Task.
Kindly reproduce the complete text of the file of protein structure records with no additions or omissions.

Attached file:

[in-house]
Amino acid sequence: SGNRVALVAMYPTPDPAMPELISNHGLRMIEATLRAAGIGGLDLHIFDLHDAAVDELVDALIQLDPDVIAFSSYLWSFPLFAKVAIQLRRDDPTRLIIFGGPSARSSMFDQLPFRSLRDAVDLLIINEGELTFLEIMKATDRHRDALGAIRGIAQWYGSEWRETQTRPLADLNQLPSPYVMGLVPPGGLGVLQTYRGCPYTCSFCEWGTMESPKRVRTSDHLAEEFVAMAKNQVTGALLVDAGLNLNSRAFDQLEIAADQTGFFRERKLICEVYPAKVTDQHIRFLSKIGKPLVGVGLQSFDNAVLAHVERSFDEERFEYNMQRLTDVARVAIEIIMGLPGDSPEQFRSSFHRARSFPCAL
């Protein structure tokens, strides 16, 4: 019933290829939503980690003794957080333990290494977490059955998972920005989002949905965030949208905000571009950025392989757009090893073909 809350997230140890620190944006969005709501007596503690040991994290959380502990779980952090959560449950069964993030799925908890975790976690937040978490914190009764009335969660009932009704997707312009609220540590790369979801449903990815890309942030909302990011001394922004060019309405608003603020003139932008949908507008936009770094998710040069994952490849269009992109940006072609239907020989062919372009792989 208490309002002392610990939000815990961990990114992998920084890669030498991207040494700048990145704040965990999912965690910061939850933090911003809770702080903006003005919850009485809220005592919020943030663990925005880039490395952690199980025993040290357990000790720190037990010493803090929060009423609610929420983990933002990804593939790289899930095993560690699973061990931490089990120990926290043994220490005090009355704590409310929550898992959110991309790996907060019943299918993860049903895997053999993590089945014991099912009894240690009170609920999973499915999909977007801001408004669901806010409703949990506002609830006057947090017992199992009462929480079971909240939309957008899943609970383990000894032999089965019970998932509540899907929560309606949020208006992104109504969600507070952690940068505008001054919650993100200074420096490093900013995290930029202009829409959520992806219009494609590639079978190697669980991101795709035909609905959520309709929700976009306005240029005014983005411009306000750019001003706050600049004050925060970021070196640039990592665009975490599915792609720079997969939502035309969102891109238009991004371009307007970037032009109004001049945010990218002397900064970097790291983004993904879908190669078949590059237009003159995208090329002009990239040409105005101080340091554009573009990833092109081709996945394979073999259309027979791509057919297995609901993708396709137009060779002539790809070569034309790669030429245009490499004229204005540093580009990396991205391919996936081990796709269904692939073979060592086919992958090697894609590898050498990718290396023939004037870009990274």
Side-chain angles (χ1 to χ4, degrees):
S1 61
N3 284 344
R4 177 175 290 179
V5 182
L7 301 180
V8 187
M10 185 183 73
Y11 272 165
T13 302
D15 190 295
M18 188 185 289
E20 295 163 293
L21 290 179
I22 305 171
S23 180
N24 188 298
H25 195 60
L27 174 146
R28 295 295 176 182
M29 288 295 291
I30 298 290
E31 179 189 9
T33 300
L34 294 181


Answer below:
[in-house]
Amino acid sequence: SGNRVALVAMYPTPDPAMPELISNHGLRMIEATLRAAGIGGLDLHIFDLHDAAVDELVDALIQLDPDVIAFSSYLWSFPLFAKVAIQLRRDDPTRLIIFGGPSARSSMFDQLPFRSLRDAVDLLIINEGELTFLEIMKATDRHRDALGAIRGIAQWYGSEWRETQTRPLADLNQLPSPYVMGLVPPGGLGVLQTYRGCPYTCSFCEWGTMESPKRVRTSDHLAEEFVAMAKNQVTGALLVDAGLNLNSRAFDQLEIAADQTGFFRERKLICEVYPAKVTDQHIRFLSKIGKPLVGVGLQSFDNAVLAHVERSFDEERFEYNMQRLTDVARVAIEIIMGLPGDSPEQFRSSFHRARSFPCAL
């Protein structure tokens, strides 16, 4: 019933290829939503980690003794957080333990290494977490059955998972920005989002949905965030949208905000571009950025392989757009090893073909 809350997230140890620190944006969005709501007596503690040991994290959380502990779980952090959560449950069964993030799925908890975790976690937040978490914190009764009335969660009932009704997707312009609220540590790369979801449903990815890309942030909302990011001394922004060019309405608003603020003139932008949908507008936009770094998710040069994952490849269009992109940006072609239907020989062919372009792989 208490309002002392610990939000815990961990990114992998920084890669030498991207040494700048990145704040965990999912965690910061939850933090911003809770702080903006003005919850009485809220005592919020943030663990925005880039490395952690199980025993040290357990000790720190037990010493803090929060009423609610929420983990933002990804593939790289899930095993560690699973061990931490089990120990926290043994220490005090009355704590409310929550898992959110991309790996907060019943299918993860049903895997053999993590089945014991099912009894240690009170609920999973499915999909977007801001408004669901806010409703949990506002609830006057947090017992199992009462929480079971909240939309957008899943609970383990000894032999089965019970998932509540899907929560309606949020208006992104109504969600507070952690940068505008001054919650993100200074420096490093900013995290930029202009829409959520992806219009494609590639079978190697669980991101795709035909609905959520309709929700976009306005240029005014983005411009306000750019001003706050600049004050925060970021070196640039990592665009975490599915792609720079997969939502035309969102891109238009991004371009307007970037032009109004001049945010990218002397900064970097790291983004993904879908190669078949590059237009003159995208090329002009990239040409105005101080340091554009573009990833092109081709996945394979073999259309027979791509057919297995609901993708396709137009060779002539790809070569034309790669030429245009490499004229204005540093580009990396991205391919996936081990796709269904692939073979060592086919992958090697894609590898050498990718290396023939004037870009990274």
Side-chain angles (χ1 to χ4, degrees):
S1 61
N3 284 344
R4 177 175 290 179
V5 182
L7 301 180
V8 187
M10 185 183 73
Y11 272 165
T13 302
D15 190 295
M18 188 185 289
E20 295 163 293
L21 290 179
I22 305 171
S23 180
N24 188 298
H25 195 60
L27 174 146
R28 295 295 176 182
M29 288 295 291
I30 298 290
E31 179 189 9
T33 300
L34 294 181